Hospitality Sector Could Struggle If Older Workers Aren’t Embraced
With so many jobs to be filled in the hospitality sector, the industry will find it more and more essential to tap into the potential of older workers rather than ignore them.
A recent Department for Work and Pensions (DWP) report showed that 48% of workers in the hospitality industry were under 29-years-old – a figure which is dramatically higher than the 18% under 29 for all other UK industries.
It shouldn’t come as a surprise that workers in hospitality are younger than in other sectors, but if that trend continues then major problems could arise.
It is estimated that the hospitality industry will create 236,000 jobs in 2015 and relying solely on younger workers is not going to fill them. The fact that 365,000 jobs in the industry are left each year highlights just how important it is for hospitality employers to not only retain staff, but to hire a sufficient number to fill the newly-created and vacated posts.
On the subject, Executive Director at workplace charity People1st Martin-Christian Kent said that it won’t be sustainable to keep hiring younger workers.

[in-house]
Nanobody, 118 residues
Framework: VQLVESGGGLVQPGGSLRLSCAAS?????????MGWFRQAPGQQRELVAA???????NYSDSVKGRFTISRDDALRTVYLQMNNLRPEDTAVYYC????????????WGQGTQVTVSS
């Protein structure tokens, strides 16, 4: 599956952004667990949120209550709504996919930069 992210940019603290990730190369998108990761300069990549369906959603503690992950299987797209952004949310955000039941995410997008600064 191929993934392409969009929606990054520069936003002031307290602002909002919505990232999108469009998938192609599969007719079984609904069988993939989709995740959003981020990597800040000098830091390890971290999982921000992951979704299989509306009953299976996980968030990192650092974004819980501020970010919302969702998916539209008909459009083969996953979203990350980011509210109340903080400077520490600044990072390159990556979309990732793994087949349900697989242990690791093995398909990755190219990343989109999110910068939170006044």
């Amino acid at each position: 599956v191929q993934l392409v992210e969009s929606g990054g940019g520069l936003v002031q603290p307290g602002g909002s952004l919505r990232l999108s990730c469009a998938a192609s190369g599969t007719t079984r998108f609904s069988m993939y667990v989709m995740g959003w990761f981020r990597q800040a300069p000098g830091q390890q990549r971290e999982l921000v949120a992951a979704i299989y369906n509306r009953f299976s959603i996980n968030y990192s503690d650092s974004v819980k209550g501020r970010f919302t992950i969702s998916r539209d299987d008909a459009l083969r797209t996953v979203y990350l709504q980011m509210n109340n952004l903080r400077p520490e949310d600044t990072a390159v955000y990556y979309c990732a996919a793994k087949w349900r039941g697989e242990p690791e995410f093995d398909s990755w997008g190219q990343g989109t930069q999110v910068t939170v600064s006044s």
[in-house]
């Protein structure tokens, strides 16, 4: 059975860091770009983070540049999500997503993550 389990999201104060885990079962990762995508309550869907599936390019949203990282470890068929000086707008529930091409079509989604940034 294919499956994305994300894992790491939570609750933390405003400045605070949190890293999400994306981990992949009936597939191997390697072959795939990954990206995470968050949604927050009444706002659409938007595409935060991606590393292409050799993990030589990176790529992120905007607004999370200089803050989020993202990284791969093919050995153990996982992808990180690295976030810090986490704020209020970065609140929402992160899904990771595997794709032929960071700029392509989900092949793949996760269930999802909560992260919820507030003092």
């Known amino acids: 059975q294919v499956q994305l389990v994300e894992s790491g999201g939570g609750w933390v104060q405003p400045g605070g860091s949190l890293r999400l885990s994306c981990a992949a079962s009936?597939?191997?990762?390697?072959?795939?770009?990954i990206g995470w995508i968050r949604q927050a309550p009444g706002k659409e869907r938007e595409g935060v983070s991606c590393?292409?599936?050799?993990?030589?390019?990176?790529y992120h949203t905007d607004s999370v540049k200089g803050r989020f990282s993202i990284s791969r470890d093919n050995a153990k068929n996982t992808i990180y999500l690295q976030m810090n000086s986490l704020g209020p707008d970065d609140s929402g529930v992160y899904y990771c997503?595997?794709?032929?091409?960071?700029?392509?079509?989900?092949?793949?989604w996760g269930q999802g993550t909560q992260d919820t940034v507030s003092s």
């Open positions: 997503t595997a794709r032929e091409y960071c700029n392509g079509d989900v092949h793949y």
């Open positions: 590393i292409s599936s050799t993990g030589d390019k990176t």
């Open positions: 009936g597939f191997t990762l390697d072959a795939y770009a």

Kent said: “Attracting and retaining older workers could prove to be a sustainable option, thanks to the changes in the retirement age. Some hospitality businesses are actively doing this as part of their policy to recruit a more balanced, diverse workforce.”
Kent is right to mention changes to the retirement age as an important consideration. With workers staying in the workforce longer and longer in order to build up a suitably sized pension pot, there is no shortage of older workers and even if older workers cannot commit to the 50 hour weeks common in hospitality, they can certainly provide value with part-time shifts.
On this very blog we recently discussed five ways in which employers can embrace their older workers and all signs are suggesting that this is a subject employers in hospitality will have to look into sooner rather than later.
Photo credit goes to NGI197